Bouchor was born in Paris and educated at lycée Louis-le-Grand. He turned early to poetry
first publishing at age 17 in La Renaissance Littéraire et Artistique and numbered
Germain Nouveau and Paul Borget among his circle. His first poetry volume, Les Chansons
Joyeuses, appeared, at age 18, to critical acclaim. Several volumes followed
extending over several years revealing a tendency towards mysticism. He became editor
of the revue, Le Passant, in 1888.
With Jean Richepin and Raoul Ponchon, he formed a group known as The Vivants and the three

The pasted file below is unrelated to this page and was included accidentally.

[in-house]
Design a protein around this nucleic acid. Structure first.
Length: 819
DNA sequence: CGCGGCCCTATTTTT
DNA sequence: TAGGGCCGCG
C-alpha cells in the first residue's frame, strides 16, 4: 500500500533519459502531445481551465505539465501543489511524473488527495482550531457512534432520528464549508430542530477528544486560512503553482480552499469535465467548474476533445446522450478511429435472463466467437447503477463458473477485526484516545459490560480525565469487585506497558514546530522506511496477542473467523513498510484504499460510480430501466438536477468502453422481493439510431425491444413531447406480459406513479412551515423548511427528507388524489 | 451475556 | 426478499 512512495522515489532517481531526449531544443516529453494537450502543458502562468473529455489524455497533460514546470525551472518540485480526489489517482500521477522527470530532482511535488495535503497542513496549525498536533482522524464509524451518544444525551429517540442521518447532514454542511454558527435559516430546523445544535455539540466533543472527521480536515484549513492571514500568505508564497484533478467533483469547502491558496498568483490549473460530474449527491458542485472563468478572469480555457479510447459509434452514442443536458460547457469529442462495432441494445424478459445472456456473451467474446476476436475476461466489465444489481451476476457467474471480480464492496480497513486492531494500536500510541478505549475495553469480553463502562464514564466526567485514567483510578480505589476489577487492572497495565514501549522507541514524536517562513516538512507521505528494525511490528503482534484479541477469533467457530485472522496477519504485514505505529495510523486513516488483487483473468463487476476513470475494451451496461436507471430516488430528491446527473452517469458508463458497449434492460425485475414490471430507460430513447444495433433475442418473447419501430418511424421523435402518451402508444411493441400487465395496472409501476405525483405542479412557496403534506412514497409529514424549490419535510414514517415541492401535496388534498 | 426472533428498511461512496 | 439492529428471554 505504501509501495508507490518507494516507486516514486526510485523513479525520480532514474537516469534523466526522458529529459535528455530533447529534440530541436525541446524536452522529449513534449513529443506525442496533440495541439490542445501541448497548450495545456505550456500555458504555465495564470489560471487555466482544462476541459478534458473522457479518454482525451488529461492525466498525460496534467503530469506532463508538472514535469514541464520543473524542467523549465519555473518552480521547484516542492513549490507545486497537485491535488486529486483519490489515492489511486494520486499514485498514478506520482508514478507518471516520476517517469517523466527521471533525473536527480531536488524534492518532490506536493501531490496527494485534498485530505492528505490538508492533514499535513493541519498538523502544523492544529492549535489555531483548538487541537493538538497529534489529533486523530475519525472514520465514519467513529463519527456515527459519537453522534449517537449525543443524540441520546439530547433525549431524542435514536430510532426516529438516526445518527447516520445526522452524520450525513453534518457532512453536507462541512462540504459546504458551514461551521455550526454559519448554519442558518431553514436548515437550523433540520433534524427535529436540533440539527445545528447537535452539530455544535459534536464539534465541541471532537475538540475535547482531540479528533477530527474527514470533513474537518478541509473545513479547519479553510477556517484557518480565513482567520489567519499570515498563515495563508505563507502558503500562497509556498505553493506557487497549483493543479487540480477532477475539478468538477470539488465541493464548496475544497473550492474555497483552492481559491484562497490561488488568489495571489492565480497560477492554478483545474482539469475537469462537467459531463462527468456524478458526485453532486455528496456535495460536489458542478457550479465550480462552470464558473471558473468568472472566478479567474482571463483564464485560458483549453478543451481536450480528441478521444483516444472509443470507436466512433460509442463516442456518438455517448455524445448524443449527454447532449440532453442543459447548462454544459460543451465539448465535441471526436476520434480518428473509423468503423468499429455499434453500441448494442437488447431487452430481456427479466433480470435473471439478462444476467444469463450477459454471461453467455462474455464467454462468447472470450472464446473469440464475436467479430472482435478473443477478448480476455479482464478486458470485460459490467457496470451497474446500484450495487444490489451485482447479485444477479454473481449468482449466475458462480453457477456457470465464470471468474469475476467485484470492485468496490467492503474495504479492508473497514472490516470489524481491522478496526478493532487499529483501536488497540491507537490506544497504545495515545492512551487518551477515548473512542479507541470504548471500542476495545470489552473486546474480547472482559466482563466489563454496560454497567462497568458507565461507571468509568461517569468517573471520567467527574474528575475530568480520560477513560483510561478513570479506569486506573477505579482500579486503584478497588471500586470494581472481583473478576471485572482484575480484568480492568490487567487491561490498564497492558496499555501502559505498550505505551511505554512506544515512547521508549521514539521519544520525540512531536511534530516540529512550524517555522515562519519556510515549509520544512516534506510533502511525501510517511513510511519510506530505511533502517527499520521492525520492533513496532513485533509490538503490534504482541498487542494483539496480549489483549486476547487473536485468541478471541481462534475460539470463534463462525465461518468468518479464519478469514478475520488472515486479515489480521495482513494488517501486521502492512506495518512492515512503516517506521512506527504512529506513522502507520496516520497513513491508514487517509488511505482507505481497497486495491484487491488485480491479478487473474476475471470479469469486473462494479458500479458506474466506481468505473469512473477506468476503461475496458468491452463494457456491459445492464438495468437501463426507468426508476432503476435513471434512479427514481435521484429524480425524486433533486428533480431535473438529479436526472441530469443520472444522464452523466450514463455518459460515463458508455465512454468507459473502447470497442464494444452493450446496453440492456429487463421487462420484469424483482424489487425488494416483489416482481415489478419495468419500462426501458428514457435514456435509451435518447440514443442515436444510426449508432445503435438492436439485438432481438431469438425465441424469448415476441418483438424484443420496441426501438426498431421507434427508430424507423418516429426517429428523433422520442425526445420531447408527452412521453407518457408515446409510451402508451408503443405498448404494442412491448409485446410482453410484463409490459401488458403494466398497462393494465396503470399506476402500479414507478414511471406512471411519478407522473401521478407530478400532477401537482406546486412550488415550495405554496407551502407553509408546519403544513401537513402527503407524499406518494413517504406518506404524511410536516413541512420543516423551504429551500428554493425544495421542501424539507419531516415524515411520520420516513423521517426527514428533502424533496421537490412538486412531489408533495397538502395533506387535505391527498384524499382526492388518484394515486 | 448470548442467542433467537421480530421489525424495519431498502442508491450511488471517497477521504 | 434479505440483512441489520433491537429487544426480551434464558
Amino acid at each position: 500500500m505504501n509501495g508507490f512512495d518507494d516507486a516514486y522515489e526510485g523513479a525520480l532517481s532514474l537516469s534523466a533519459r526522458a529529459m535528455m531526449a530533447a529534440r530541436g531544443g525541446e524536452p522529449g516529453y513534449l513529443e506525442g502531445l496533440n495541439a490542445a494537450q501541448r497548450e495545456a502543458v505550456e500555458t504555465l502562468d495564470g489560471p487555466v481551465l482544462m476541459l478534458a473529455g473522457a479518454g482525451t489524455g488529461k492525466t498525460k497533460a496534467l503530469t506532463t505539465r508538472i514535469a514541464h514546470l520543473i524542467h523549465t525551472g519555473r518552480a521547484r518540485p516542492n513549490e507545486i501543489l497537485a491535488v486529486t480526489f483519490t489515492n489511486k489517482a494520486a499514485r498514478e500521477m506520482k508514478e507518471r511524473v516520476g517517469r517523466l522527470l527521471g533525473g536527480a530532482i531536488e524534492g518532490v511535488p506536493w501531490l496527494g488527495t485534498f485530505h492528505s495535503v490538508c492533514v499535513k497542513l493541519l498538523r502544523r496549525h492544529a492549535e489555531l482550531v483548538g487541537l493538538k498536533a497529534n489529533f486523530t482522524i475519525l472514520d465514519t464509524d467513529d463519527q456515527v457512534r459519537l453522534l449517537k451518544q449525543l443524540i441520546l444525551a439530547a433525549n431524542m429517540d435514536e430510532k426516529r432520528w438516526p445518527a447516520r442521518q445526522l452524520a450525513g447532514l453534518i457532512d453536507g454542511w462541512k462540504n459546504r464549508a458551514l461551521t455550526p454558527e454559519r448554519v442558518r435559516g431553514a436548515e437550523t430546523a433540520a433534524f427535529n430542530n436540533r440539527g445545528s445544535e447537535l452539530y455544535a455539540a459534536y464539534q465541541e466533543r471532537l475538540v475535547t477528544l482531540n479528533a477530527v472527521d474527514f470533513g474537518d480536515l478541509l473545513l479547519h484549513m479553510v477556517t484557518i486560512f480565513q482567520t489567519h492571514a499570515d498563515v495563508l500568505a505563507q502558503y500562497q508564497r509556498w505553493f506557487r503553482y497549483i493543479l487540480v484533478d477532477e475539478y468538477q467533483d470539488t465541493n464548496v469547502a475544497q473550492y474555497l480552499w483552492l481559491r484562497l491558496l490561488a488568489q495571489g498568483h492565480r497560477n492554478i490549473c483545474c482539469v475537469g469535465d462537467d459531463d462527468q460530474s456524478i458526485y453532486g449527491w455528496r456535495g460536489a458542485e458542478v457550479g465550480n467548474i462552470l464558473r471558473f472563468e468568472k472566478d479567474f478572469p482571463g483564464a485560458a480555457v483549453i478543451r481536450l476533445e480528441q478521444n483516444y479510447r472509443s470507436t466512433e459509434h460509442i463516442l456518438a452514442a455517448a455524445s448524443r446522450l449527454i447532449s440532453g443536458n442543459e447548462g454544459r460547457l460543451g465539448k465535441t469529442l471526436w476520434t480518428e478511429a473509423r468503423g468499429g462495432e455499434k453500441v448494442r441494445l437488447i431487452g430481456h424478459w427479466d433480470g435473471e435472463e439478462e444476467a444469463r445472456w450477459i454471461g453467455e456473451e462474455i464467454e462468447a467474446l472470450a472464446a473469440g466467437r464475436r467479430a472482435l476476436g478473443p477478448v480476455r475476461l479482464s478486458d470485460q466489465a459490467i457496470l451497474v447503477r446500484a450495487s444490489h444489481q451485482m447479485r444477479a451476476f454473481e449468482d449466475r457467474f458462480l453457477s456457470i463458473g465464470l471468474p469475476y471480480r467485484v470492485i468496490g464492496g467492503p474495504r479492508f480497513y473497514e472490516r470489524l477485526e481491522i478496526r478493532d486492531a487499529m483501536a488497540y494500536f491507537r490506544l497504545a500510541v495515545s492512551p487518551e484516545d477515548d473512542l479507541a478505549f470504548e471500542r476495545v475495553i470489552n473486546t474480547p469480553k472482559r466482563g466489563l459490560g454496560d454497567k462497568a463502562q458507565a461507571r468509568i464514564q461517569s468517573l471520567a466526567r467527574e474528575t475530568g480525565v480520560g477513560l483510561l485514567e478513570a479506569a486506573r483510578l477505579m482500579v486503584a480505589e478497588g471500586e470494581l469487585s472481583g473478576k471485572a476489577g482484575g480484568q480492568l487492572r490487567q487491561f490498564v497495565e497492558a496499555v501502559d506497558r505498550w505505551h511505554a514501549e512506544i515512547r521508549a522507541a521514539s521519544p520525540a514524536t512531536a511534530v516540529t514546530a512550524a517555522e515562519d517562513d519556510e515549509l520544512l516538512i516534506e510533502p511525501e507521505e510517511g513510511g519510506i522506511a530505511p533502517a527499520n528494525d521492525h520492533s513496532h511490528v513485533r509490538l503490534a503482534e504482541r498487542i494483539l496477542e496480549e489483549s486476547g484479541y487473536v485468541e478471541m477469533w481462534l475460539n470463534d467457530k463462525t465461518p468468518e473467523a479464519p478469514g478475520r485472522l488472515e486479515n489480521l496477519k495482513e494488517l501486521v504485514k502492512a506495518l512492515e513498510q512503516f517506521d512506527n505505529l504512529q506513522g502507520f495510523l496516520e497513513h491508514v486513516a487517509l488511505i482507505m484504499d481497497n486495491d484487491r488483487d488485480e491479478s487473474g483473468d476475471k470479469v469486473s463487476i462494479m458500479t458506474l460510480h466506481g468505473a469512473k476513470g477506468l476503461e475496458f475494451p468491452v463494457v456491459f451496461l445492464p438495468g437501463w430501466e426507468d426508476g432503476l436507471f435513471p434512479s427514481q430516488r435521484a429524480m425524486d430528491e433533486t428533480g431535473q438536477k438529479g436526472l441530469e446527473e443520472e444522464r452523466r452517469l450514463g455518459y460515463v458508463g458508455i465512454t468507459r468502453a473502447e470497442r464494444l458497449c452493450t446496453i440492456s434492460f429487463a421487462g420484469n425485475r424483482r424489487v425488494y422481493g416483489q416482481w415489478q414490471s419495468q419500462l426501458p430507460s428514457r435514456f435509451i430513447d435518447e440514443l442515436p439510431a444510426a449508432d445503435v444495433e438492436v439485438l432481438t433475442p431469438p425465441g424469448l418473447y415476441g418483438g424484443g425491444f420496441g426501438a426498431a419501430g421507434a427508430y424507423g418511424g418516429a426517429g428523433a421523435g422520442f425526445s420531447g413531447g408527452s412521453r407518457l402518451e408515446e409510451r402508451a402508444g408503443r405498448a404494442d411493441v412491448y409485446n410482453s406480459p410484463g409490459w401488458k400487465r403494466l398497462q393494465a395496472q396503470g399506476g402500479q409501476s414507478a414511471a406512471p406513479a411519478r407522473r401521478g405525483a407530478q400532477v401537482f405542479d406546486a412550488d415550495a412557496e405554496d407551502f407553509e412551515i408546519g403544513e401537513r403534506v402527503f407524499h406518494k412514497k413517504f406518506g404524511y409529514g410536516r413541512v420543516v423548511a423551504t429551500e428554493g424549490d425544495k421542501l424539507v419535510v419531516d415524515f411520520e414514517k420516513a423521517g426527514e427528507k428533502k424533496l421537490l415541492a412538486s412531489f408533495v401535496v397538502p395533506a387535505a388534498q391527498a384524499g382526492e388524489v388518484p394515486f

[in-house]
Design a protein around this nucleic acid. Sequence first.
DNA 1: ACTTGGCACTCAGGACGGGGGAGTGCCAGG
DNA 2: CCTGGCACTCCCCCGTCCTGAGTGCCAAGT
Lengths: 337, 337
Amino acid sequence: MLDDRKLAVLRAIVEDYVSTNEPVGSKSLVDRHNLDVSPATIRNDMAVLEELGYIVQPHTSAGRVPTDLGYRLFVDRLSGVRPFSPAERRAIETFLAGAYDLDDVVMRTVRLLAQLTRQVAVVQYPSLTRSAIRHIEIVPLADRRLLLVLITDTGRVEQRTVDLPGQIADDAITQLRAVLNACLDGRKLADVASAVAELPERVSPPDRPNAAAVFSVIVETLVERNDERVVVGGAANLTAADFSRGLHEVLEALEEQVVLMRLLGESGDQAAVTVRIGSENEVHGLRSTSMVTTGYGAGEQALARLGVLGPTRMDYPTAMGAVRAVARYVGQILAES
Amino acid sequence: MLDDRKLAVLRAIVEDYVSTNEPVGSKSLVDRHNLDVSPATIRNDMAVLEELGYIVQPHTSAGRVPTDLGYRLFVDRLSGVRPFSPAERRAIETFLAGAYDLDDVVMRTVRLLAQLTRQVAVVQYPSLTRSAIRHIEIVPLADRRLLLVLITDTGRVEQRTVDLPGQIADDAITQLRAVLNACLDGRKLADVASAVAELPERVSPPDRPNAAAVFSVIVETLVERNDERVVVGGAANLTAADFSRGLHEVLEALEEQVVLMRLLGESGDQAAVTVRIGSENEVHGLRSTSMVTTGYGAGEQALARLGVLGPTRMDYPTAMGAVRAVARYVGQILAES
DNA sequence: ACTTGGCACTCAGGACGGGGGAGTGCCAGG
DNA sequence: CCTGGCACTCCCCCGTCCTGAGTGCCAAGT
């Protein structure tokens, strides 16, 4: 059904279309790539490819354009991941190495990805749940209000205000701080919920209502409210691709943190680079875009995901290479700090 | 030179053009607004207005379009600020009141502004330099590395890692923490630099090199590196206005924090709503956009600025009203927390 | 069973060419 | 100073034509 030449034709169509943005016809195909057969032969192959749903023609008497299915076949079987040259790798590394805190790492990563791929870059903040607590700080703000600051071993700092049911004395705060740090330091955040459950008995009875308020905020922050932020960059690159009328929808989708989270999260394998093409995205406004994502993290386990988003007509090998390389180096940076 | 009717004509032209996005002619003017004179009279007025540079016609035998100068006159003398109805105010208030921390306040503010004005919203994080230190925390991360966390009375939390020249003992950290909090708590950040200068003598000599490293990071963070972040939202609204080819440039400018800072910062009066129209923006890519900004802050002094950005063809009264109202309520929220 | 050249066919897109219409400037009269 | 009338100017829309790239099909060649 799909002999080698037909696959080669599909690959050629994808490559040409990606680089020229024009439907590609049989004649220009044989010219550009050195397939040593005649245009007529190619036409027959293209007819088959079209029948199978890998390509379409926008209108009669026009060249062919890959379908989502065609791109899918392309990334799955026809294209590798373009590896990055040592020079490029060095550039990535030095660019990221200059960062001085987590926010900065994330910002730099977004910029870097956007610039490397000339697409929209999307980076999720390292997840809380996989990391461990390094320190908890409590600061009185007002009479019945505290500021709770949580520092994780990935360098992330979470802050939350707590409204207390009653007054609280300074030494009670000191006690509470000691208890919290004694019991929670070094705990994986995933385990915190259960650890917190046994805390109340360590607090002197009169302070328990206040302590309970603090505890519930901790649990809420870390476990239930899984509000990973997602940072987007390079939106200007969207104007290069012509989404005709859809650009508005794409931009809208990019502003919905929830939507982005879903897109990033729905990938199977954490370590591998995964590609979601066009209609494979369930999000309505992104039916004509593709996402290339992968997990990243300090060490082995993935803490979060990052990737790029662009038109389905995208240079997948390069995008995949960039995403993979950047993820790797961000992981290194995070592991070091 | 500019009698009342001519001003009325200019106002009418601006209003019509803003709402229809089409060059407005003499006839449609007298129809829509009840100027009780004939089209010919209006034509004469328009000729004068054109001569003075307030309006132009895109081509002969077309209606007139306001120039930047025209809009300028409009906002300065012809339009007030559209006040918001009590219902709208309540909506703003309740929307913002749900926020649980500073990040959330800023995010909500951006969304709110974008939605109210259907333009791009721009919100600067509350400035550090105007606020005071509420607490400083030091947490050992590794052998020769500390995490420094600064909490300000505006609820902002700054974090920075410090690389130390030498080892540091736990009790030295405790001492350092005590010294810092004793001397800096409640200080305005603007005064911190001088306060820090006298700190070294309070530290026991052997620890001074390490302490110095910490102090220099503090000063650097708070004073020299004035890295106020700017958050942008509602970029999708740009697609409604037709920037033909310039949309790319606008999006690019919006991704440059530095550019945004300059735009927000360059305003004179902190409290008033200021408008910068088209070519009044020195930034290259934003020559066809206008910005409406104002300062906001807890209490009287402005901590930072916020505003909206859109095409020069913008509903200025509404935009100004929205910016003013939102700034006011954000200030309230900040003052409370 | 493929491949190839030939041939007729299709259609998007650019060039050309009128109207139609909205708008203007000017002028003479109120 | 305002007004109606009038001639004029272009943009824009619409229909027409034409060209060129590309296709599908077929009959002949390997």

became known as the "Three Musketeers". His friend, Henry Signoret, persuaded Bouchor to
create several theatre pieces for his marionette theatre including several Shakespeare
transcriptions, in particular, that of The Tempest, that were presented with great
Bouchor began to travel widely within Europe, North Africa and the United States. He
translated numerous Scottish popular songs and issued several volumes of childrens songs.
In the late 19th and early 20th centuries, he developed socialist tendencies and was active
in creating educational projects for the general public on which he became an avid lecturer.
He was created Chevalier de la Légion d'honneur in 1893 and died in Paris aged 73 years.